Friday, December 30, 2011

Odds and Ends

Xavier Lechard over At The Villa Rose blog has a pair of posts that takes a look at PIs and amateur sleuths.

Spinetingler is looking for your input for the Spinetingler Awards. There's a poll set up for your convenience in nominating novels and short stories. And while you're there check out the newest flash offerings from Court Merrigan and Mike Miner.

Wednesday, December 28, 2011

Another 10 or So

My short story reading has been pretty scattered this year from Western to Fantasy and a huge dip into what's called Country or Rural Noir. All of which was to study how other writers work in those genres and because I was attempting to write that kind of fiction myself. If you're going to learn, you might as well learn from those published in the genres you choose to write in.

That said, I found that narrowing down my list to ten was nearly impossible this year as there was so much great writing to found both in print and online. Chris Rhatigan asked me for five must reads that were published on his blog, Death by Killing and which I've re-posted here. Below that you'll find ten more that I enjoyed for a variety of reasons, stories that I hope you'll enjoy also.

1. "Melanie" by Edward A Grainger
This was one of those stories that just pulled at the heartstrings and had you cheering for the hero at the end.

2. "6/8" by Trey R. Barker
With this story, it was the writing that stuck with me, the pure beauty and poetry of Mr. Barker's words.

3. "Veronica" by Doree Weller
From beginning to end this story did nothing that I expected it to.

4. "Why are Mommy and Daddy Fighting?" by Eric Beetner
With this story, Eric puts you into the mind of a young boy and you feel yourself sitting beside him in the dark, holding your breath.

5. "The Uncleared" by Thomas Pluck
You don't expect a happy ending when you start reading this story, but the ending still slaps you in the face and leaves you reeling.

And in no particular order the other 10 or so:

For the same reason that I loved Trey Barker's "6/8". I knew some men were poets at heart but Trey's story and the next two really tap into lovely poetry that make a story sing.

1. "My Beautiful, Brash, Beastly Belfast" by Seamus Scanlon

2. "Anger Burns" by Gary Carter

3. Patti Abbott is a writer who can rip the heart out of your chest with her storytelling and "Father's Day" was the one that did it for me this year.

4. This next story was one of the Derringer winners for 2011. It was originally published in 2010 in the anthology "Thuglit Presents: Blood, Guts and Whiskey". It's a story that blends one of a man's proudest moments with a gut wrenching act of revenge. The story is "Care of the Circumcised Penis" by Sean Doolittle. There's no link for the story but you can check out Sean's website here

5. Another favorite this year was Chris Rhatigan's story "In the Hard Nowhere" published in Beat to a Pulp. Unfortunately BTaP's archives are down but if you drop over to Grift magazine you'll find another excellent example of Chris' work, "What is Your Emergency?"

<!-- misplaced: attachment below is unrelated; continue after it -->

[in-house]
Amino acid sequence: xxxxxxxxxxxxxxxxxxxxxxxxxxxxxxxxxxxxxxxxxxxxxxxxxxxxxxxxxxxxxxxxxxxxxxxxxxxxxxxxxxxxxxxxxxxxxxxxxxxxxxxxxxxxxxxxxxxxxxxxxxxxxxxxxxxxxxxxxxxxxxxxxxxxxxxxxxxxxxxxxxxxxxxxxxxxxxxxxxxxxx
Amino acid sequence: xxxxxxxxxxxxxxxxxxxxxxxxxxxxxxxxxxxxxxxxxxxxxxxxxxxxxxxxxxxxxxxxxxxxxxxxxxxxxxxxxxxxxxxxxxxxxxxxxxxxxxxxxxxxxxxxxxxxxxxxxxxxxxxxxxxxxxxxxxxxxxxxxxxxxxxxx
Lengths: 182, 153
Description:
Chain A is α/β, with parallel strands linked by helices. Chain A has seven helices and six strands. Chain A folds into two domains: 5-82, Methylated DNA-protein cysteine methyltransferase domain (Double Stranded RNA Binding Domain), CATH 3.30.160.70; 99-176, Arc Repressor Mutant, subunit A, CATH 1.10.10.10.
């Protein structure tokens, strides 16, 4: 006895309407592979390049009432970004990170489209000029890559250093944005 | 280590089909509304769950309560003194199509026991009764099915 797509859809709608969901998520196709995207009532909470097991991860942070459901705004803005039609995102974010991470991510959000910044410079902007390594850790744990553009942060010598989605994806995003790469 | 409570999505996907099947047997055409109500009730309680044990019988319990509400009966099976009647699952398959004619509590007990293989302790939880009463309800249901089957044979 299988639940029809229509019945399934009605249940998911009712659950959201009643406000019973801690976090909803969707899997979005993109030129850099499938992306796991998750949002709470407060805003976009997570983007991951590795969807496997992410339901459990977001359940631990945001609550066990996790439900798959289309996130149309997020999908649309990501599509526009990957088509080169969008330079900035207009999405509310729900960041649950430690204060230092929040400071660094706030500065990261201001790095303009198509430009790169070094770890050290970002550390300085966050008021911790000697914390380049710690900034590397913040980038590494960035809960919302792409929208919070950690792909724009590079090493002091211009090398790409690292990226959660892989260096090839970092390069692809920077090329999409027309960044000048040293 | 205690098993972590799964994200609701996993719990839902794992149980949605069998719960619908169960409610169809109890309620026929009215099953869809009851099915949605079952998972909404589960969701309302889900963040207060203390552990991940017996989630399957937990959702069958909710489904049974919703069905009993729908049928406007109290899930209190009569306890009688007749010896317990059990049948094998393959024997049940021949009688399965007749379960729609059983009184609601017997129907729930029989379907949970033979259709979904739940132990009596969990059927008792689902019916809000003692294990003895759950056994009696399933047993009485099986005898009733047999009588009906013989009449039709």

6. Jodi MacArthur is probably best known for her darker stories but "The Girl Who Was Chased by an Abominable Snowman with a Machete" makes me laugh just thinking about it. What a great joyous ride of a story!

7. Another fun story I read this year was "Romo Samson and the Grandmother Spider" by Chris La Tray and published in Pulp Modern (Autumn 2011 issue) This story wasn't fun in the laugh out loud way of Jodi's story but more in the nature of an Indiana Jones romp. You can find a link to the issue here

And then there was the country/rural noir stories.

8. In 2010 I picked up a copy of "Town Smokes" by Pinckney Benedict and pretty much inhaled this anthology, so I was pleased to discover another of Mr. Benedict's stories online. "Pig Helmet and the Wall of Life" just takes hold and doesn't let go until the blistering end.

9. The entire collection of "The Outlaw Album" by Daniel Woodrell is a lesson in how to put your reader into a setting without sacrificing the storytelling. All of the stories are gems but my favorite was "Returning the River". If you haven't read this collection yet, please do, you won't be sorry.

10. Joe R. Lansdale was my discovered author this year. Like Woodrell he gives you place without forsaking the story. Last week I mentioned "Torn Away" But there was one other story of his that I read this year that's really stuck. If you want to learn how to put a twist ending on a story, this is the lesson plan. "Incident On and Off a Mountain Road".

Well, that's just a small sampling of the great stories you can find out there, both in print and online. Happy reading, everyone!!

Tuesday, December 27, 2011

Science Fiction Trails

Science Fiction Trails is an annual print magazine that's opened for their 8th edition. They're looking for sci-fi stories set on earth in the Wild West era (1850 - 1900). Payment is a flat $20 for 1000 to 7000 words. You can find all the details here

Monday, December 26, 2011

Another Market

I stumbled across "Every Night Erotica" while clicking on links today. They're looking for erotica stories up to 2000 words, pay is $3. You can check it out here

And the New

While we did lose quite a few zines, the good news is that we have an equal number of new markets.

PulpPusher and Over My Dead Body came back from the dead with a vengeance publishing some great new stories.

Filling out the crime scene we have Shotgun Honey, Grift, Pulp Modern, Noir Nation, and Dirty Noir. All new zines with a great deal of promise.

The Laughter Shack is a new humorous flash site manned by David Barber of the Flash Fiction Offensive.

Then you have the markets that blend the genres. Comets and Criminals, Al Hist: Historical Fiction and Alternate History, The Writer and the White Cat, and Trembles.

You can find links for all these markets over there on the right.

All in all, 2011 was a good year for new zines, with many of the older zines, like Plots with Guns and All Due Respect getting new editors and others like Spinetingler making changes that will improve readership.

And that's your crime market rundown for the year - Happy writing, everyone!!

RIP 2011

So, I spent the day going back through the blog archives for 2011. It's always interesting to review the past year, read old stories and discover markets I'd forgotten about. But then there's the sad news also, the death of so many zines this year.